James Garry: My name is James Garry, 25, from London. I am a psychology graduate and I currently work in a library. I especially admire the poetry of Derek Walcott and Hugo Williams.
Wish Fulfilment or Lament For The Rut In Male Fashion
In clock-back stardust                          they pant. A lion's share of peacocks?
Windscheffel And Stride's Day Out
Tender-conscienced ones from Graybine Hospital's storms bounce into Summerly's Snax.
There's rifts today. You have untingled the world through lithium, straggled, wished for filtered tea.
A moderato's timbrelling (or a pomegranate wriggling at the ear). Ah sound!
Windows In The Chelsea
a darker sun sets in the heart than any that lit The Chelsea Hotel
I'm crying for Mama I'm crying for Adonis
tears, alphabets of tears heavier than overdosing on kosmic H-bomb blues
where cheap blades hide under velvet undergrounds and sleep sharpens killer TVs slickered like electric Barbara Cartlands uncrownable Gorgons of the uncounted hour
someone cries for Mama someone cries for Adonis
drugstreams in blood dance bluesing through veins
islands of death, de-tox and shells corroding rocks, fragmenting lies and the S & M libido monkey out of its tree a brain with instincts juices and smells vomited out riding a shaking-bellied Horse smelling of southern race riots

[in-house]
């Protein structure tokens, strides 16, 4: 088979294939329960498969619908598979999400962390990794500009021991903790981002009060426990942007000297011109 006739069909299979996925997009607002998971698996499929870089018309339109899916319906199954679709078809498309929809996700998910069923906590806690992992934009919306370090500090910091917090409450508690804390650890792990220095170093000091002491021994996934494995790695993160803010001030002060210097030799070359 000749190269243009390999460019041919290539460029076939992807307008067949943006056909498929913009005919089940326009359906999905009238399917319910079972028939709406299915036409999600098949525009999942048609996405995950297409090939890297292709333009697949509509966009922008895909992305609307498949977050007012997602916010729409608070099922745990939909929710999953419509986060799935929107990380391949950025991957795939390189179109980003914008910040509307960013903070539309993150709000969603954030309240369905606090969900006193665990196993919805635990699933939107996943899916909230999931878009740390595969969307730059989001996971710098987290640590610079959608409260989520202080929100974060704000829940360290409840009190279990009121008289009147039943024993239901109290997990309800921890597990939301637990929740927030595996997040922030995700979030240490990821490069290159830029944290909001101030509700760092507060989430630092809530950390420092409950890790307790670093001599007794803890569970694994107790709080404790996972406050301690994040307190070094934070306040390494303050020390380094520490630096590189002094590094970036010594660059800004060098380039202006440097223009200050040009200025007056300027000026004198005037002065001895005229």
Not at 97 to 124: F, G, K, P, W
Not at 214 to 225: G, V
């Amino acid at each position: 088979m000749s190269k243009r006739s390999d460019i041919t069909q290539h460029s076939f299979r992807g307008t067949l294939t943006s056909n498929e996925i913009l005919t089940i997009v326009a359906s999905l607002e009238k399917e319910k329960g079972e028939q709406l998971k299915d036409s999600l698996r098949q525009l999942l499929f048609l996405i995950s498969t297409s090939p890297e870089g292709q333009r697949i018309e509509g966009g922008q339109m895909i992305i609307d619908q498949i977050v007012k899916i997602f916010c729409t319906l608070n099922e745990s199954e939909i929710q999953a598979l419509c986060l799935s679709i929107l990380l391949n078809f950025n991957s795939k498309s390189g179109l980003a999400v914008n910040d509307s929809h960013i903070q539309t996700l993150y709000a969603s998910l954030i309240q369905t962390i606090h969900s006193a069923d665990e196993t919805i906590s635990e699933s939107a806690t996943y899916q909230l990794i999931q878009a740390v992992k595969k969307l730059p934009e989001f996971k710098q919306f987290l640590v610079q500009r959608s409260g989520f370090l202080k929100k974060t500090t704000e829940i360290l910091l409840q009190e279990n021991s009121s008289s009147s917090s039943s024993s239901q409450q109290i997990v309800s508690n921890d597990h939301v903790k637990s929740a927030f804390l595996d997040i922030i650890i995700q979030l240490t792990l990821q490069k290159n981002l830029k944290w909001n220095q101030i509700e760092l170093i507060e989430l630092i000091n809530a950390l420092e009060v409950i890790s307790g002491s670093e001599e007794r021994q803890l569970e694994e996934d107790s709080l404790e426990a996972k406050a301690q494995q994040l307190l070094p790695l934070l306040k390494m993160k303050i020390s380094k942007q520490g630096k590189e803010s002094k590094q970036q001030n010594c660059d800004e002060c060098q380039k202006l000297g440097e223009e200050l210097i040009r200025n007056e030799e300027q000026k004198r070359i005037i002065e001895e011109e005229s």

no-one's idea of comfort cowering beneath the naked bulb
before he was her his wife was whale-buttocked sandwiched like a great Lynda-burger between settee and plasti-grass
mayonnaised in all the domesticity of a flannelette dressing-gown they used to even talk
over zoology and the diets of bats a cherry-menthol roll-up smouldered in between gulps of comfort and an off-white frown
sometimes she stood up zipped his sexuality up to the eye and hooked together their stays
When Something Is Wrong With My Baby
The evening has a thousand pieces and we and the songs on the radio are just some of them. I unbutton his indulgent shirt, submit a hand, fasten on the left nipple. Hum the familiar refrain. We twist with the lingering purr of music.
An hour is a number of heartbeats, full motion from the car's heater, a number of glances. Being gay, he is tremulous to prove his devotion openly, the clatter of jackboots always expected…above the guitar.
Christopher Barnes: in 1998 I won a Northern Arts writers award. In July 200 I read at Waterstones bookshop to promote the anthology 'Titles Are Bitches'. Christmas 2001 I debuted at Newcastle's famous Morden Tower doing a reading of my poems. Each year I read for Proudwords lesbian and gay writing festival and I partake in workshops. 2005 saw the publication of my collection LOVEBITES published by Chanticleer Press, 6/1 Jamaica Mews, Edinburgh.
I have also got a BBC webpage http://www.bbc.co.uk/tyne/gay/2004/section28.shtml